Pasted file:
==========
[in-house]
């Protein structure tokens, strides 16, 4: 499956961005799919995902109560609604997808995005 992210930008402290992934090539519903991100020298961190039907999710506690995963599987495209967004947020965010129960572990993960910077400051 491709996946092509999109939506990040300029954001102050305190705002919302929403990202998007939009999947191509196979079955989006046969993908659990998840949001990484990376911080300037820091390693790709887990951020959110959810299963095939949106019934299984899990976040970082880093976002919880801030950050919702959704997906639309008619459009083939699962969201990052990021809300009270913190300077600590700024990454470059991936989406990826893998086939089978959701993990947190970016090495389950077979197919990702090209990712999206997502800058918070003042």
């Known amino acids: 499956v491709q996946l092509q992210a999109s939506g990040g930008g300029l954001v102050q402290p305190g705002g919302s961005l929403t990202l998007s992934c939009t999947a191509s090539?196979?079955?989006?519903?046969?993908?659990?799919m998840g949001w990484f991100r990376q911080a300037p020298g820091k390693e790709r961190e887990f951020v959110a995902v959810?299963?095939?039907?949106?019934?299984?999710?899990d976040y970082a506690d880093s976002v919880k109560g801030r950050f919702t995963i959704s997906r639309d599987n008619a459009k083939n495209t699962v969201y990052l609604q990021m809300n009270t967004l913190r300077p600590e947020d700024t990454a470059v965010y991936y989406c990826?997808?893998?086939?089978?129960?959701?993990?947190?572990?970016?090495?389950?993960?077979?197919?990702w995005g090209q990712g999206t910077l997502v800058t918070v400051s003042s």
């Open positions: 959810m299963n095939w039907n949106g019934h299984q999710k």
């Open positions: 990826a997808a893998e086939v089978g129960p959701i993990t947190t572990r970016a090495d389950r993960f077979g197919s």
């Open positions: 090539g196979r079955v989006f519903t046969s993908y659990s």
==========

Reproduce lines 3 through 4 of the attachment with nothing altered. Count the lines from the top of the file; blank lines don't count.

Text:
């Known amino acids: 499956v491709q996946l092509q992210a999109s939506g990040g930008g300029l954001v102050q402290p305190g705002g919302s961005l929403t990202l998007s992934c939009t999947a191509s090539?196979?079955?989006?519903?046969?993908?659990?799919m998840g949001w990484f991100r990376q911080a300037p020298g820091k390693e790709r961190e887990f951020v959110a995902v959810?299963?095939?039907?949106?019934?299984?999710?899990d976040y970082a506690d880093s976002v919880k109560g801030r950050f919702t995963i959704s997906r639309d599987n008619a459009k083939n495209t699962v969201y990052l609604q990021m809300n009270t967004l913190r300077p600590e947020d700024t990454a470059v965010y991936y989406c990826?997808?893998?086939?089978?129960?959701?993990?947190?572990?970016?090495?389950?993960?077979?197919?990702w995005g090209q990712g999206t910077l997502v800058t918070v400051s003042s």
């Open positions: 959810m299963n095939w039907n949106g019934h299984q999710k």